These hearty men, Tom Moorhouse, Chris Lacy, Bill White and many others run these operations and know their stuff. They are the descendants of earlier ranchers who pioneered the cattle business in Texas.

Enjoy two hours of great cowboy entertainment accompanied by the music of real cowboy singers who have spent many hours in the saddle..."

Texas Cowpuncher: Part One covered the history of Texas cowboys and its big ranches.

Find the entire series—which started with the acclaimed Tapadero and its look at the Californio vaquero historyand more about each film, including video clips, at Also find the Vaquero Series on Facebook.

Posted 12/3

Beautifully illustrated with vintage and modern images—see one of Cindy Stout Quigley's images from the book in the November 26, 2012 Picture the Westthe book offers fresh perspectives. From interesting and obscure historical photos to Royce Bair's dazzling "NightScapes" (including "Milky Way over Lake Jackson in the Grand Tetons, Wyoming" and "Meteor over Great Salt Lake, Utah") the images complement the incisive prose; both offer plenty for pondering. Among many other contemporary photographers are Larry Angier, Larry Turner, Linda Dufurrena, Linda Ellwein, Gary Butler, and C. J. Hadley (the book's editor and Range magazine's editor and publisher).

Throughout the book, well chosen quotes accompanying the prose and images heighten the themes of risks and reward. An 1845 emigrant tells, "We were lost in the mountains six weeks. The way was rough beyond description. The women and children walked most of the way." Pages later, a contemporary photo of a hardy working ranch woman offers sure testament to what was gained. Carolyn Dufurenna's 2001 book, Fifty Miles from Home, is quoted, "The children of ranchers know what their fathers do all day, because their fathers take them along..." Her words are superimposed over a photo of the rough country where her family ranches, along with her daughter-in-law's evocative picture of two generations of cowboys.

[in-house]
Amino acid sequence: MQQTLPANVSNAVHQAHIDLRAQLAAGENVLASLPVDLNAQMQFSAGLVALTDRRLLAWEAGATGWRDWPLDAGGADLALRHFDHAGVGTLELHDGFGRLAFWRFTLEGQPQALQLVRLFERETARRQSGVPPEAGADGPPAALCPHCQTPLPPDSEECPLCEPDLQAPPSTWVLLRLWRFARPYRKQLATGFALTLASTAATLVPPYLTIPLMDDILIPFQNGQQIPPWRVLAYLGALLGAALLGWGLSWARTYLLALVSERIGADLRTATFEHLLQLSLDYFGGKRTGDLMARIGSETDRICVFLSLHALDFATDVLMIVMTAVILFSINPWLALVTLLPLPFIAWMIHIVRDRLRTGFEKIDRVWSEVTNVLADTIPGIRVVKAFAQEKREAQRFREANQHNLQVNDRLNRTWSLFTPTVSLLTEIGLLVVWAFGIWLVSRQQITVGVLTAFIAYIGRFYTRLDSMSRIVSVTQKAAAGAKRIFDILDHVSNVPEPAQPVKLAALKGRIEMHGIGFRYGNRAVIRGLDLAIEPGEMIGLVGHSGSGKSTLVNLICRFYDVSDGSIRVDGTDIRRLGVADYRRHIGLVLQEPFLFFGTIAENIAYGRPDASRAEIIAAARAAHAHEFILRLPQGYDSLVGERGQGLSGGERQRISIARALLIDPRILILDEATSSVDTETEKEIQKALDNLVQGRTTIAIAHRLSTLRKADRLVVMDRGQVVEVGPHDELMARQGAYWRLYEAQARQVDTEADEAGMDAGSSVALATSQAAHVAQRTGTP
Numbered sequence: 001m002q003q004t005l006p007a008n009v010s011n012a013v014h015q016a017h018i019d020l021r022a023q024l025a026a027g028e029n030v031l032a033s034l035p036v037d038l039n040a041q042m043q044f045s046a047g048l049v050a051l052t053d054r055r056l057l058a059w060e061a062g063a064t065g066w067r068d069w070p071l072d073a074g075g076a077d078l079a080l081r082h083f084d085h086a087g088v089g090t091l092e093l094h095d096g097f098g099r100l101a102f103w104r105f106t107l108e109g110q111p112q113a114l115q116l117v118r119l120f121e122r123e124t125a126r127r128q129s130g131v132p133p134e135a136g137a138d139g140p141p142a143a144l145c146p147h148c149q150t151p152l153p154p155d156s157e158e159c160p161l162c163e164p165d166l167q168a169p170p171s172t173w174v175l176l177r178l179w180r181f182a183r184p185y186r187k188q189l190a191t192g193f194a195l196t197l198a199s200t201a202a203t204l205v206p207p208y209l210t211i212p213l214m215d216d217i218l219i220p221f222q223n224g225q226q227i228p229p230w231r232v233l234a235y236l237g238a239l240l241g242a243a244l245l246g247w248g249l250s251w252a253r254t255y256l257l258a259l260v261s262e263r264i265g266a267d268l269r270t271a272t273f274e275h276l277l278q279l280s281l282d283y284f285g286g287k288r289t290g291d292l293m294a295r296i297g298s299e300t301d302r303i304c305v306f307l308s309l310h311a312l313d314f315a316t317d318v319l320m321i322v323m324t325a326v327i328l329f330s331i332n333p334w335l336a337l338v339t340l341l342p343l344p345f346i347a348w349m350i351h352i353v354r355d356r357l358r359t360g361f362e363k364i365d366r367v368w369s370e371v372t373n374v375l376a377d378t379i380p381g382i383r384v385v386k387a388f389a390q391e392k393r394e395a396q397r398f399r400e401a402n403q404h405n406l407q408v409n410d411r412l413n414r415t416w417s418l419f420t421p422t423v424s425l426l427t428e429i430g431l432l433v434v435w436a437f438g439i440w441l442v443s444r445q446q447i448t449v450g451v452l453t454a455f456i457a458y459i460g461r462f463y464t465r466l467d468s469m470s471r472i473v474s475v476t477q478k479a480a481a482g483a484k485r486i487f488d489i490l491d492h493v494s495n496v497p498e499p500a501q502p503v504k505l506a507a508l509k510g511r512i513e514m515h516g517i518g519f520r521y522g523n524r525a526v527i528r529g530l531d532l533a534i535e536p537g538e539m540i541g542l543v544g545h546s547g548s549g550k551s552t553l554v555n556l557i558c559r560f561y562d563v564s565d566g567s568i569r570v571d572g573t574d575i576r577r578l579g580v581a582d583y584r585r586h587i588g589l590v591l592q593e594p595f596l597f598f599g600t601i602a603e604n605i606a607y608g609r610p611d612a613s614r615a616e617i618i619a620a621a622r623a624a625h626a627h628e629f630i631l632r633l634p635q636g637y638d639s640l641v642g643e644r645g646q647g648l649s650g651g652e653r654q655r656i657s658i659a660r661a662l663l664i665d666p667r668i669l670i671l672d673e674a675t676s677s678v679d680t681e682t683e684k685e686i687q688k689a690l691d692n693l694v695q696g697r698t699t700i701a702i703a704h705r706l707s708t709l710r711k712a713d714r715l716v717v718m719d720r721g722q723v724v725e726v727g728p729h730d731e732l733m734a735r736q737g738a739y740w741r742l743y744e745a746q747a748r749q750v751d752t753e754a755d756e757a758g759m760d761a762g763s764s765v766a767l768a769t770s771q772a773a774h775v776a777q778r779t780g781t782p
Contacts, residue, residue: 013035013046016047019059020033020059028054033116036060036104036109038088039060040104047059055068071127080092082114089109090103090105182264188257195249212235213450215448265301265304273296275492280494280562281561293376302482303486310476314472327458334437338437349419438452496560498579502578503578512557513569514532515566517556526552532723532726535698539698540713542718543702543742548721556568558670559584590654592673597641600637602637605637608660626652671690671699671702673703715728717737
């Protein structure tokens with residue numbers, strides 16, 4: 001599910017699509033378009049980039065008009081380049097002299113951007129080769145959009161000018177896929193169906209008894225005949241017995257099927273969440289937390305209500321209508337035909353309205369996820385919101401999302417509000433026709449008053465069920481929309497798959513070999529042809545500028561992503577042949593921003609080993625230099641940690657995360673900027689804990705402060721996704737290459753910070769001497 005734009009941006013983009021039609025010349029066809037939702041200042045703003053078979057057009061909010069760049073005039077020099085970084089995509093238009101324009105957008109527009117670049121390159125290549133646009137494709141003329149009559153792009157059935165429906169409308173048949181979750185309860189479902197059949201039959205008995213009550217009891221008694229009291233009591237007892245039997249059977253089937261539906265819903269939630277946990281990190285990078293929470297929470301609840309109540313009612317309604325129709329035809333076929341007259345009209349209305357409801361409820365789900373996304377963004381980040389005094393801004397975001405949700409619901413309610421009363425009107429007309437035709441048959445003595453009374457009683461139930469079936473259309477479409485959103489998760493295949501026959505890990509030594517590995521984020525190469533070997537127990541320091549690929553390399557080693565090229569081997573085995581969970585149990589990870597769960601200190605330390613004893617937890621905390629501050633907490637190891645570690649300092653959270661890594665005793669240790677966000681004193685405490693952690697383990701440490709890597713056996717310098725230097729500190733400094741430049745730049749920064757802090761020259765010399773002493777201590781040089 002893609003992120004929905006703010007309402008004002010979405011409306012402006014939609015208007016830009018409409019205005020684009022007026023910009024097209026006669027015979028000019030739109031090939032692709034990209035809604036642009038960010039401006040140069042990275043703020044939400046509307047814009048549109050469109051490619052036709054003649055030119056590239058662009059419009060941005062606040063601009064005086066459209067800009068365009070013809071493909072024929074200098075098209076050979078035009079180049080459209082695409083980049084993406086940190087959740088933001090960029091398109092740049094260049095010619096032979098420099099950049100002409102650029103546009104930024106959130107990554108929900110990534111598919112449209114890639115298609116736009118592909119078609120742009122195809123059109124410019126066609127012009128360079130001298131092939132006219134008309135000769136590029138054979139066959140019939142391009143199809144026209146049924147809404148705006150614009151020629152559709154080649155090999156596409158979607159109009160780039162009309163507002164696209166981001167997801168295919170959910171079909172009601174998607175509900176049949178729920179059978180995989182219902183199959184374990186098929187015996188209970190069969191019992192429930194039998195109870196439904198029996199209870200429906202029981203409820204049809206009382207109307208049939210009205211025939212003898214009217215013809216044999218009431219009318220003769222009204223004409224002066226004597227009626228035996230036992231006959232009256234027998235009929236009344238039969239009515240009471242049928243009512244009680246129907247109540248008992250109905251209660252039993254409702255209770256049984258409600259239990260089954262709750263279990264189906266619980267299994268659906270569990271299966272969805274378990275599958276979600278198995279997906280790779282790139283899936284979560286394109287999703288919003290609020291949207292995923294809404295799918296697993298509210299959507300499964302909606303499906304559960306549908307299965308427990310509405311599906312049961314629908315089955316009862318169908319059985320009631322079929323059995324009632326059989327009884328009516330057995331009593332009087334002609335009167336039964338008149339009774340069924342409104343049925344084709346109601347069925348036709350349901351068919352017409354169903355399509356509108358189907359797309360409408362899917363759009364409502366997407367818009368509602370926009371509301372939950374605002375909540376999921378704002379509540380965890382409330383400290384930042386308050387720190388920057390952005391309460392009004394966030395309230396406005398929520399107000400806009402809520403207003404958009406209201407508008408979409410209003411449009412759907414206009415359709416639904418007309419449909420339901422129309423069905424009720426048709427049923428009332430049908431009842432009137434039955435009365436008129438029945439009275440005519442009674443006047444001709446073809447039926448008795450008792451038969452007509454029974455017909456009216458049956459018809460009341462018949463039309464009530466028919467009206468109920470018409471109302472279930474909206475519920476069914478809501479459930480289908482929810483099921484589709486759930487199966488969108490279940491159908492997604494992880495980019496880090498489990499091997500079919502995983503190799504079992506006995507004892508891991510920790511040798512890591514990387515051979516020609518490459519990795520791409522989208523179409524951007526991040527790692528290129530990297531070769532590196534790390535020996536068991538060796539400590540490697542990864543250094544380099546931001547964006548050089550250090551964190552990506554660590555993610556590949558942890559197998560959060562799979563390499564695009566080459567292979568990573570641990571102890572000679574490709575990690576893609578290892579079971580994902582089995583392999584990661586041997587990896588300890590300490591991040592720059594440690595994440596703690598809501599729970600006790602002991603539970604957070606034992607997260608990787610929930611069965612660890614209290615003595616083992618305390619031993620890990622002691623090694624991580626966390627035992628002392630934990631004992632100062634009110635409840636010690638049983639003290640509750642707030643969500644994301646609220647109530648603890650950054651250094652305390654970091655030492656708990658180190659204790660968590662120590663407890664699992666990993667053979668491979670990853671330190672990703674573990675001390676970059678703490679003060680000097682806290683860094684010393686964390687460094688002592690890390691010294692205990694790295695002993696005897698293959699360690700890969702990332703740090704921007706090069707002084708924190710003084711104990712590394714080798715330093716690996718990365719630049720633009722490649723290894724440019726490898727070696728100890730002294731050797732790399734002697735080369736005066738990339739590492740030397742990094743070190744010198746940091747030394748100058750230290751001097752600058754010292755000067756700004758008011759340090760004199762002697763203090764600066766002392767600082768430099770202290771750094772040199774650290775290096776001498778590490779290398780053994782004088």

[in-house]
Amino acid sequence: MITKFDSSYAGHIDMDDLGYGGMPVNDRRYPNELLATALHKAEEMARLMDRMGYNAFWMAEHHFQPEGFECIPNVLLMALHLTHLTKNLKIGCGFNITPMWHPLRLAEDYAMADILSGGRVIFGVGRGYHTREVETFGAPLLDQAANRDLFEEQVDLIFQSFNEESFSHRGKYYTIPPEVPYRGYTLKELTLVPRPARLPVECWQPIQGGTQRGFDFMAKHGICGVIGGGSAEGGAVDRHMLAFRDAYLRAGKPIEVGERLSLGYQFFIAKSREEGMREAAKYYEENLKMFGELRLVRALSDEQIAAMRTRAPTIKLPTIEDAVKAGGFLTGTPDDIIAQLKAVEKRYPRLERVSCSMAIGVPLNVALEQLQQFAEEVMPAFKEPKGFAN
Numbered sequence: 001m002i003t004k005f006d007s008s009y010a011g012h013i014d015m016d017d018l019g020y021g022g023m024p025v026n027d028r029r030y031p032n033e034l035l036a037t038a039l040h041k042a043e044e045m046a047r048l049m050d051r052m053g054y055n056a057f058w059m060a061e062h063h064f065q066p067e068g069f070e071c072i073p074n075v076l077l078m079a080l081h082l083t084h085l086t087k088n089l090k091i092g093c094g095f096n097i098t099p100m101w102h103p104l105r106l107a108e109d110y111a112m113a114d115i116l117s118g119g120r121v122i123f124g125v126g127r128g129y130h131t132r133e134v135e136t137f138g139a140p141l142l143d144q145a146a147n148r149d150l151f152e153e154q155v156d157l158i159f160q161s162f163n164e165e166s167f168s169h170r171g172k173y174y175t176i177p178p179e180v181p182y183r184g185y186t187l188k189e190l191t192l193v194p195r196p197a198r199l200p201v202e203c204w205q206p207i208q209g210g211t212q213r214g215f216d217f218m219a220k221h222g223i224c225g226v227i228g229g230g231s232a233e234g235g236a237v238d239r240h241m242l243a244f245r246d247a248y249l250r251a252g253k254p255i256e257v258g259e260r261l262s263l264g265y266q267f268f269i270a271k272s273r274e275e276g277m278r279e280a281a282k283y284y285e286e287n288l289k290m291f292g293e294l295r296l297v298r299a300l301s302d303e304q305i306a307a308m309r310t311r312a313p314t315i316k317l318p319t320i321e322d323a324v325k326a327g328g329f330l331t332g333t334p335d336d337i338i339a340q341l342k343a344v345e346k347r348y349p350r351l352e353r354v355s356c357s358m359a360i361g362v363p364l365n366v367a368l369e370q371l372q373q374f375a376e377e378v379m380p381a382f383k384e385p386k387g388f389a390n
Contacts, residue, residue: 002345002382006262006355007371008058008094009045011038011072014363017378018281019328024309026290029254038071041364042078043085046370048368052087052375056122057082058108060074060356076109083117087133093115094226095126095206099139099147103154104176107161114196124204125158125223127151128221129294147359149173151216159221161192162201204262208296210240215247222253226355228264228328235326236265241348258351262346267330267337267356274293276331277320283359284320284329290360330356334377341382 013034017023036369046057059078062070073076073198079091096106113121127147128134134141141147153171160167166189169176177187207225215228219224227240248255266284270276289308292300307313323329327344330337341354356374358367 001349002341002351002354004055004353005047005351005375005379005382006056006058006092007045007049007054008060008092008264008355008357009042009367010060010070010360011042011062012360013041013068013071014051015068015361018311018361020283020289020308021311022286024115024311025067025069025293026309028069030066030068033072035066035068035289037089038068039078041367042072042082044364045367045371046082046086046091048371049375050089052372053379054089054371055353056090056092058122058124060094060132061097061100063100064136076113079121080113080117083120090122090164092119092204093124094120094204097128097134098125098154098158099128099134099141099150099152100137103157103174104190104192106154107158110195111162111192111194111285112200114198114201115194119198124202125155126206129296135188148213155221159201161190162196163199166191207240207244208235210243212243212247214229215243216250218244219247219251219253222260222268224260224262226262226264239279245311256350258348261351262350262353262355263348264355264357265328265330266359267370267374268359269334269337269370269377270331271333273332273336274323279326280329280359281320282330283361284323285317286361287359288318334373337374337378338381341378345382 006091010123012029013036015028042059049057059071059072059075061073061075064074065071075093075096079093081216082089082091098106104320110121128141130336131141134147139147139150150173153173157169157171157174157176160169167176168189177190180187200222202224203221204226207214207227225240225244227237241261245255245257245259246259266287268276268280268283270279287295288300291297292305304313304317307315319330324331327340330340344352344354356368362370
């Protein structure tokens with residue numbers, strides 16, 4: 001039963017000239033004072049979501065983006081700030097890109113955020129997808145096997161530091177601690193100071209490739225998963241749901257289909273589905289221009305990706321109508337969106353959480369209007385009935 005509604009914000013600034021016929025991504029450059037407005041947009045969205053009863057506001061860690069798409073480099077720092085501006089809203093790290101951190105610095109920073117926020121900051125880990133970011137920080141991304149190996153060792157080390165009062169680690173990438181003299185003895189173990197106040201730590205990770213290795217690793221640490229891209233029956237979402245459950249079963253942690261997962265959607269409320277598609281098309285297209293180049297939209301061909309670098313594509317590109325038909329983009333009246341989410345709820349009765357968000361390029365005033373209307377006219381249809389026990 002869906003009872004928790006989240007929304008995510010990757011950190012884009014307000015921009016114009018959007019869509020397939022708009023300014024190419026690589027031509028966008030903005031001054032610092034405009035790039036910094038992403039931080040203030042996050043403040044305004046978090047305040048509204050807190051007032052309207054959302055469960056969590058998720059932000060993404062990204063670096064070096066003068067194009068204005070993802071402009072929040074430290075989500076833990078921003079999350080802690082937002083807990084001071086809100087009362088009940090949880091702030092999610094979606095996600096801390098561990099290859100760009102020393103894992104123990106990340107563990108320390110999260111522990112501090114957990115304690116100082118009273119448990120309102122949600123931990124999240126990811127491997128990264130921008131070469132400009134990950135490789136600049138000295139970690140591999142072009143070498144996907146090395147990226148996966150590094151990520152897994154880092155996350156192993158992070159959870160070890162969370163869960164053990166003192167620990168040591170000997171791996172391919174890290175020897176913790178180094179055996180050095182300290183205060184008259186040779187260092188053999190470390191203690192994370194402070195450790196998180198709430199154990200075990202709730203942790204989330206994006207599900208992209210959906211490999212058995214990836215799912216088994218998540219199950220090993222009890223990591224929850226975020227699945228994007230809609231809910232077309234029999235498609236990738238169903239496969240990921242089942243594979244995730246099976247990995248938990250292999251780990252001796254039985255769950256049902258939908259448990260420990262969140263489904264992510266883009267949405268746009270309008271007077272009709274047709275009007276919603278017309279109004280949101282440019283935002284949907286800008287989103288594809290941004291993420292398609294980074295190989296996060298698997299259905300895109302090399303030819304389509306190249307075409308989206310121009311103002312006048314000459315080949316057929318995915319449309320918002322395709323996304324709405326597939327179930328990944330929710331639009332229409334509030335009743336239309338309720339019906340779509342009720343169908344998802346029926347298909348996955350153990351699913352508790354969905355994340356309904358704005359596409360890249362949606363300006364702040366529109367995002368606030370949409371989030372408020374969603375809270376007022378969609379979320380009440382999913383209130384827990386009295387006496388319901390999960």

The Western landscape and its people are well represented in this thoughtful and inspiring book. Its title is taken from words famously attributed to 19th century newspaperman Horace Greeley. Its spirit is perhaps best summed up by Western writer Wallace Stegner, who is also quoted by Rod Miller: "One cannot be pessimistic about the West. This is the native home of hope."

Go West: The Risk & The Reward is available for $32 plus postage from Range magazine.

Posted 11/26

Multi-award winning poet and writer Rod Miller takes readers through a panoramic history of the West in the book, Go West: The Risk & The Reward, from the Range Conservation Foundation and Range magazine. He introduces the volume with a satisfyingly focused look at the meaning of "the West." He invites the reader, "Go West to the ruins of ancient civilizations, to ghost towns of days gone by, to communities that cling to little but courage and optimism, and to cities that crowd the limits of nature."

  Journalist and photographer Mark Bedor profiles more than twenty Western guest ranches, illustrated with more than 200 photographs, in Great Ranches of Today's Wild West.

From the publisher's description:

A breathtaking adventure through the stirring landscape of the modern Wild West.

In this beautiful collection, veteran travel writer Mark Bedor takes readers on a journey through twenty of the great ranches of today’s Wild West. With over 200 stunning full-color photographs, reading
Great Ranches of Today’s Wild West is almost as good as being there. Take a horseback ride through the snowy woods at Vista Verde Ranch in Steamboat Springs, Colorado, or follow in the footsteps of Butch Cassidy on the Outlaw Trail at Utah’s Tavaputs Ranch—it’s all just another part of the American ranch experience.